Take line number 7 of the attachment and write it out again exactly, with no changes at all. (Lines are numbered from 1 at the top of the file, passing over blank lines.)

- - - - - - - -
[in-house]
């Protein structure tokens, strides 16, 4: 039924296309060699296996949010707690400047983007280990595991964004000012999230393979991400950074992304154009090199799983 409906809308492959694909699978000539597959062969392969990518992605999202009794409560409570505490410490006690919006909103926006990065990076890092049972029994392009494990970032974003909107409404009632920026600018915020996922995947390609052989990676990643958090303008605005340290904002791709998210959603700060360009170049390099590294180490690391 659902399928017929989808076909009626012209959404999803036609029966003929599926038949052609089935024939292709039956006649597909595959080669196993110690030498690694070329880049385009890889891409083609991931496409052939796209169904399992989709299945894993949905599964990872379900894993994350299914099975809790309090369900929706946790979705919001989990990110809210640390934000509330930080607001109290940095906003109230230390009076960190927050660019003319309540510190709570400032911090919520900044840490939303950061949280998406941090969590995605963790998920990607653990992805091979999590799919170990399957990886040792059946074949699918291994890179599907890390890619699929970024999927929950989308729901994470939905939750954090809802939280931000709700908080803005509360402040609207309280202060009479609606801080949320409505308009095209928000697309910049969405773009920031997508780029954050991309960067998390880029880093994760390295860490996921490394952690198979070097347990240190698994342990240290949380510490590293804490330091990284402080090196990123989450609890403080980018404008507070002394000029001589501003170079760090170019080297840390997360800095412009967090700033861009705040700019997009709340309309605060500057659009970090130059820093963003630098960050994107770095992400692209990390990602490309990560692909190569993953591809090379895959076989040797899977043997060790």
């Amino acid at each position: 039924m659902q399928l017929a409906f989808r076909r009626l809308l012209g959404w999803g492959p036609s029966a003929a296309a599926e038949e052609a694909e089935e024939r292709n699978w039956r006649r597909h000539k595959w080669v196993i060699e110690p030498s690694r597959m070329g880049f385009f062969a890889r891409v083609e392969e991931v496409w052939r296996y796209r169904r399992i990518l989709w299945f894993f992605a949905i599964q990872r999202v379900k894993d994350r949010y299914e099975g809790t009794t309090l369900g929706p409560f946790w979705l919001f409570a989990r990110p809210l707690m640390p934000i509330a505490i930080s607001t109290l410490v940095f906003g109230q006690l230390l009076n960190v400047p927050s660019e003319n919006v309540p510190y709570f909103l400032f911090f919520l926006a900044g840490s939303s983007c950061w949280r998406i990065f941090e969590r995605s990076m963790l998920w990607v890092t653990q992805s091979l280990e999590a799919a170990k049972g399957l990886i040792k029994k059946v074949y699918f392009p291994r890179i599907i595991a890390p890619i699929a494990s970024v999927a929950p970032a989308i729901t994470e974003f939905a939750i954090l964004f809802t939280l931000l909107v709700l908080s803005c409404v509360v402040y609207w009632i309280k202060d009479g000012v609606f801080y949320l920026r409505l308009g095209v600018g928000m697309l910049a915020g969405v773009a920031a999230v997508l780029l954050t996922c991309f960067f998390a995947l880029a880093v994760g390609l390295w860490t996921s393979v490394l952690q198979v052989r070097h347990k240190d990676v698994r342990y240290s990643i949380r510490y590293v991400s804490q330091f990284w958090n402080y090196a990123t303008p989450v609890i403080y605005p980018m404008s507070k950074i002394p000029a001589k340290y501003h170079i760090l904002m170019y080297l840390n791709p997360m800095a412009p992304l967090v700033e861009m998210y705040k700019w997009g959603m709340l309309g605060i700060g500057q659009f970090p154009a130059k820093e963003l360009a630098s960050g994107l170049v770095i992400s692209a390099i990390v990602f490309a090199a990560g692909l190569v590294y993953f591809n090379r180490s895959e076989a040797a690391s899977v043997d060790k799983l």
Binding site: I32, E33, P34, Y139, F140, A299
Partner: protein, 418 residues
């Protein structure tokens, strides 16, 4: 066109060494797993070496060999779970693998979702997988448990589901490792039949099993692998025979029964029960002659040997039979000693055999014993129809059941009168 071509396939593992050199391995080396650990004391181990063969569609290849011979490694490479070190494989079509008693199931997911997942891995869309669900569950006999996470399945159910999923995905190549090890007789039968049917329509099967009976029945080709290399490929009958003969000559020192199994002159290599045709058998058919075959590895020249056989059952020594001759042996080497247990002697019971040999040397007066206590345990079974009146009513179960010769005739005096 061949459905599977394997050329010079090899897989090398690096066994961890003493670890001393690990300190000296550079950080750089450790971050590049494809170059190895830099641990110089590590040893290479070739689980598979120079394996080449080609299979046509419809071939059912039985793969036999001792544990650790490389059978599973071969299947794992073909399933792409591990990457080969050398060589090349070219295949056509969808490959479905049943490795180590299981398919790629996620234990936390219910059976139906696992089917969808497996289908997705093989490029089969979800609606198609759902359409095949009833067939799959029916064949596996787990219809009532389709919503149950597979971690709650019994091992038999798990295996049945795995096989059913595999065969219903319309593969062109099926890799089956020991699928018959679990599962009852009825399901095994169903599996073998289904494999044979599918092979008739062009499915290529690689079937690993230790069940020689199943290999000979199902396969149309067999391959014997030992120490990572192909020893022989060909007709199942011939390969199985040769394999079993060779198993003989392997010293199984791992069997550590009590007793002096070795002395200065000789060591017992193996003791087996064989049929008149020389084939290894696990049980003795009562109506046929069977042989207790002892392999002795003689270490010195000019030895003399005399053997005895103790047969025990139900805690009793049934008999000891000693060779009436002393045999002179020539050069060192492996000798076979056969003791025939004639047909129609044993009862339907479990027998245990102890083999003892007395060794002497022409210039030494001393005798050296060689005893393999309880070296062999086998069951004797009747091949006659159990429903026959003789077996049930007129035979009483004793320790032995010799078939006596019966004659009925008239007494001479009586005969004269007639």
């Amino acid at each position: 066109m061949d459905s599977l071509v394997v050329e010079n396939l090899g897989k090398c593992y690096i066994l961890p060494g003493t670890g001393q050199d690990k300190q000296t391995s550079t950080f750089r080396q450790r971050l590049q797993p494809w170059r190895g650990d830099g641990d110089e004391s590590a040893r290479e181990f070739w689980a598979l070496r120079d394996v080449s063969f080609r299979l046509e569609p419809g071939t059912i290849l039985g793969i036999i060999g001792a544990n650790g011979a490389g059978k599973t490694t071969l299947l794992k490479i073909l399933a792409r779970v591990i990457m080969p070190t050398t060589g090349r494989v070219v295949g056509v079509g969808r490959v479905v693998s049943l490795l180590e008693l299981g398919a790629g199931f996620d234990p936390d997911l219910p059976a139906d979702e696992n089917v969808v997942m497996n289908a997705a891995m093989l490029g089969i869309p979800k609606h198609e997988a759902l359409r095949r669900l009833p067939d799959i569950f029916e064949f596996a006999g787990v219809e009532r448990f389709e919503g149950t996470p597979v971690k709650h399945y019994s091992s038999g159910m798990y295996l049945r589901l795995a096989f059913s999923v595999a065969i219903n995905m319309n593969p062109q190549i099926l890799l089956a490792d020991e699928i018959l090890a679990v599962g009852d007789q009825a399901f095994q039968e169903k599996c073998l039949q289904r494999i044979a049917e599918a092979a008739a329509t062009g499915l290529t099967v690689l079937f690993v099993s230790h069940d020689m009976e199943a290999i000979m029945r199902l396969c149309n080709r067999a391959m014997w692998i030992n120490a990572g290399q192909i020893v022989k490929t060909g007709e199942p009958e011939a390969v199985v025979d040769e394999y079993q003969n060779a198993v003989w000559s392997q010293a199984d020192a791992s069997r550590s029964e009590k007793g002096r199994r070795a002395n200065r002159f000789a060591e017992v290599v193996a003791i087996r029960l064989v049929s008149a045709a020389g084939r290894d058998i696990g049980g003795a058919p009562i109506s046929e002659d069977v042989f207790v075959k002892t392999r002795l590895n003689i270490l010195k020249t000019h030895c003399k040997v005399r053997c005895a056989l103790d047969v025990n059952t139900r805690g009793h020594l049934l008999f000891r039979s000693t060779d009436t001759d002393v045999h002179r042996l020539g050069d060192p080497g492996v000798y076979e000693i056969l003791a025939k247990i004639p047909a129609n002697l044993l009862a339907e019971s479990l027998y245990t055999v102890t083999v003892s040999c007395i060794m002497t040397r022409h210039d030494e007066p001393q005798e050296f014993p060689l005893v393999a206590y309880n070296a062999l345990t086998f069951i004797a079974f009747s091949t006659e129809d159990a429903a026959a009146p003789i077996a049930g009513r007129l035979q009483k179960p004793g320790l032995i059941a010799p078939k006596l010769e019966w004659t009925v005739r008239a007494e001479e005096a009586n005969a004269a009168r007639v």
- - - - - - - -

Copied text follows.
């Amino acid at each position: 066109m061949d459905s599977l071509v394997v050329e010079n396939l090899g897989k090398c593992y690096i066994l961890p060494g003493t670890g001393q050199d690990k300190q000296t391995s550079t950080f750089r080396q450790r971050l590049q797993p494809w170059r190895g650990d830099g641990d110089e004391s590590a040893r290479e181990f070739w689980a598979l070496r120079d394996v080449s063969f080609r299979l046509e569609p419809g071939t059912i290849l039985g793969i036999i060999g001792a544990n650790g011979a490389g059978k599973t490694t071969l299947l794992k490479i073909l399933a792409r779970v591990i990457m080969p070190t050398t060589g090349r494989v070219v295949g056509v079509g969808r490959v479905v693998s049943l490795l180590e008693l299981g398919a790629g199931f996620d234990p936390d997911l219910p059976a139906d979702e696992n089917v969808v997942m497996n289908a997705a891995m093989l490029g089969i869309p979800k609606h198609e997988a759902l359409r095949r669900l009833p067939d799959i569950f029916e064949f596996a006999g787990v219809e009532r448990f389709e919503g149950t996470p597979v971690k709650h399945y019994s091992s038999g159910m798990y295996l049945r589901l795995a096989f059913s999923v595999a065969i219903n995905m319309n593969p062109q190549i099926l890799l089956a490792d020991e699928i018959l090890a679990v599962g009852d007789q009825a399901f095994q039968e169903k599996c073998l039949q289904r494999i044979a049917e599918a092979a008739a329509t062009g499915l290529t099967v690689l079937f690993v099993s230790h069940d020689m009976e199943a290999i000979m029945r199902l396969c149309n080709r067999a391959m014997w692998i030992n120490a990572g290399q192909i020893v022989k490929t060909g007709e199942p009958e011939a390969v199985v025979d040769e394999y079993q003969n060779a198993v003989w000559s392997q010293a199984d020192a791992s069997r550590s029964e009590k007793g002096r199994r070795a002395n200065r002159f000789a060591e017992v290599v193996a003791i087996r029960l064989v049929s008149a045709a020389g084939r290894d058998i696990g049980g003795a058919p009562i109506s046929e002659d069977v042989f207790v075959k002892t392999r002795l590895n003689i270490l010195k020249t000019h030895c003399k040997v005399r053997c005895a056989l103790d047969v025990n059952t139900r805690g009793h020594l049934l008999f000891r039979s000693t060779d009436t001759d002393v045999h002179r042996l020539g050069d060192p080497g492996v000798y076979e000693i056969l003791a025939k247990i004639p047909a129609n002697l044993l009862a339907e019971s479990l027998y245990t055999v102890t083999v003892s040999c007395i060794m002497t040397r022409h210039d030494e007066p001393q005798e050296f014993p060689l005893v393999a206590y309880n070296a062999l345990t086998f069951i004797a079974f009747s091949t006659e129809d159990a429903a026959a009146p003789i077996a049930g009513r007129l035979q009483k179960p004793g320790l032995i059941a010799p078939k006596l010769e019966w004659t009925v005739r008239a007494e001479e005096a009586n005969a004269a009168r007639v």